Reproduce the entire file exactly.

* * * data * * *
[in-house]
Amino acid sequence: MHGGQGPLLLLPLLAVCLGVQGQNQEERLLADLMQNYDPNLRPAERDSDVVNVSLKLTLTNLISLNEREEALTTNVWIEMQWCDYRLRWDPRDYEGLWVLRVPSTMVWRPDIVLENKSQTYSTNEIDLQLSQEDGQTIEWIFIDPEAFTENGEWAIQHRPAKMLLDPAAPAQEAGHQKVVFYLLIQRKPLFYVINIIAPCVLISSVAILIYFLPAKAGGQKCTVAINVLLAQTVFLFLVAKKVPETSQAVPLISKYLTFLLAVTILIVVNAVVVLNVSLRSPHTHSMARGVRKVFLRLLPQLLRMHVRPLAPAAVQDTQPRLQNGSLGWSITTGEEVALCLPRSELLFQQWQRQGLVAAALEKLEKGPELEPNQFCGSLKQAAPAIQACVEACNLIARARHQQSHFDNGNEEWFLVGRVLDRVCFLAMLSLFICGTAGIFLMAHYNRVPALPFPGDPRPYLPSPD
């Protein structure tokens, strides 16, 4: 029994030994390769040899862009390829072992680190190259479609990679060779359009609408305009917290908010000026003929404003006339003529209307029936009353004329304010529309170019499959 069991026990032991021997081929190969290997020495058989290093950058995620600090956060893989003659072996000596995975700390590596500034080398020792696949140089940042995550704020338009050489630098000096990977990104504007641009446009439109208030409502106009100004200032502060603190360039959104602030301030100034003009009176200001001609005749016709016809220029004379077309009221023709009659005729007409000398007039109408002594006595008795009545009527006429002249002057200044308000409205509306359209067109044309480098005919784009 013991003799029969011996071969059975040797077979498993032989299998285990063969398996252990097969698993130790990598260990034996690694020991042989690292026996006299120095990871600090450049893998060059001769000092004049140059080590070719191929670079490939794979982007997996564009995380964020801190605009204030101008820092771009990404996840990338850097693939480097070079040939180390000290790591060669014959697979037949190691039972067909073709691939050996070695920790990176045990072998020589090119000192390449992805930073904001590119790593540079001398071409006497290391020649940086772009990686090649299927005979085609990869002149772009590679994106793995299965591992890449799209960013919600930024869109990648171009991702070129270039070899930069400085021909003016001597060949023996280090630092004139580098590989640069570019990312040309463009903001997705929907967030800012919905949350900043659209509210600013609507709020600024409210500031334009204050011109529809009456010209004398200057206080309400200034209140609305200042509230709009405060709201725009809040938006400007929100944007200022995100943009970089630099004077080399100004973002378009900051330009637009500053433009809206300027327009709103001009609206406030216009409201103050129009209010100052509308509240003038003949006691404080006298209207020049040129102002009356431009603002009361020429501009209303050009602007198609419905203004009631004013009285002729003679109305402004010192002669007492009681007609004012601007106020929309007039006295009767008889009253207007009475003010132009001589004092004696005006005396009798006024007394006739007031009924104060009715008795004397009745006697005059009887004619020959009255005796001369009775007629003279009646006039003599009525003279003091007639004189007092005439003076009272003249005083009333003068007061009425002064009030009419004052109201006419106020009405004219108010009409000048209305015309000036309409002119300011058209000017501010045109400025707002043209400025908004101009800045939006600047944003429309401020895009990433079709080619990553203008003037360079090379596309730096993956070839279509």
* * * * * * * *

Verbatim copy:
[in-house]
Amino acid sequence: MHGGQGPLLLLPLLAVCLGVQGQNQEERLLADLMQNYDPNLRPAERDSDVVNVSLKLTLTNLISLNEREEALTTNVWIEMQWCDYRLRWDPRDYEGLWVLRVPSTMVWRPDIVLENKSQTYSTNEIDLQLSQEDGQTIEWIFIDPEAFTENGEWAIQHRPAKMLLDPAAPAQEAGHQKVVFYLLIQRKPLFYVINIIAPCVLISSVAILIYFLPAKAGGQKCTVAINVLLAQTVFLFLVAKKVPETSQAVPLISKYLTFLLAVTILIVVNAVVVLNVSLRSPHTHSMARGVRKVFLRLLPQLLRMHVRPLAPAAVQDTQPRLQNGSLGWSITTGEEVALCLPRSELLFQQWQRQGLVAAALEKLEKGPELEPNQFCGSLKQAAPAIQACVEACNLIARARHQQSHFDNGNEEWFLVGRVLDRVCFLAMLSLFICGTAGIFLMAHYNRVPALPFPGDPRPYLPSPD
């Protein structure tokens, strides 16, 4: 029994030994390769040899862009390829072992680190190259479609990679060779359009609408305009917290908010000026003929404003006339003529209307029936009353004329304010529309170019499959 069991026990032991021997081929190969290997020495058989290093950058995620600090956060893989003659072996000596995975700390590596500034080398020792696949140089940042995550704020338009050489630098000096990977990104504007641009446009439109208030409502106009100004200032502060603190360039959104602030301030100034003009009176200001001609005749016709016809220029004379077309009221023709009659005729007409000398007039109408002594006595008795009545009527006429002249002057200044308000409205509306359209067109044309480098005919784009 013991003799029969011996071969059975040797077979498993032989299998285990063969398996252990097969698993130790990598260990034996690694020991042989690292026996006299120095990871600090450049893998060059001769000092004049140059080590070719191929670079490939794979982007997996564009995380964020801190605009204030101008820092771009990404996840990338850097693939480097070079040939180390000290790591060669014959697979037949190691039972067909073709691939050996070695920790990176045990072998020589090119000192390449992805930073904001590119790593540079001398071409006497290391020649940086772009990686090649299927005979085609990869002149772009590679994106793995299965591992890449799209960013919600930024869109990648171009991702070129270039070899930069400085021909003016001597060949023996280090630092004139580098590989640069570019990312040309463009903001997705929907967030800012919905949350900043659209509210600013609507709020600024409210500031334009204050011109529809009456010209004398200057206080309400200034209140609305200042509230709009405060709201725009809040938006400007929100944007200022995100943009970089630099004077080399100004973002378009900051330009637009500053433009809206300027327009709103001009609206406030216009409201103050129009209010100052509308509240003038003949006691404080006298209207020049040129102002009356431009603002009361020429501009209303050009602007198609419905203004009631004013009285002729003679109305402004010192002669007492009681007609004012601007106020929309007039006295009767008889009253207007009475003010132009001589004092004696005006005396009798006024007394006739007031009924104060009715008795004397009745006697005059009887004619020959009255005796001369009775007629003279009646006039003599009525003279003091007639004189007092005439003076009272003249005083009333003068007061009425002064009030009419004052109201006419106020009405004219108010009409000048209305015309000036309409002119300011058209000017501010045109400025707002043209400025908004101009800045939006600047944003429309401020895009990433079709080619990553203008003037360079090379596309730096993956070839279509």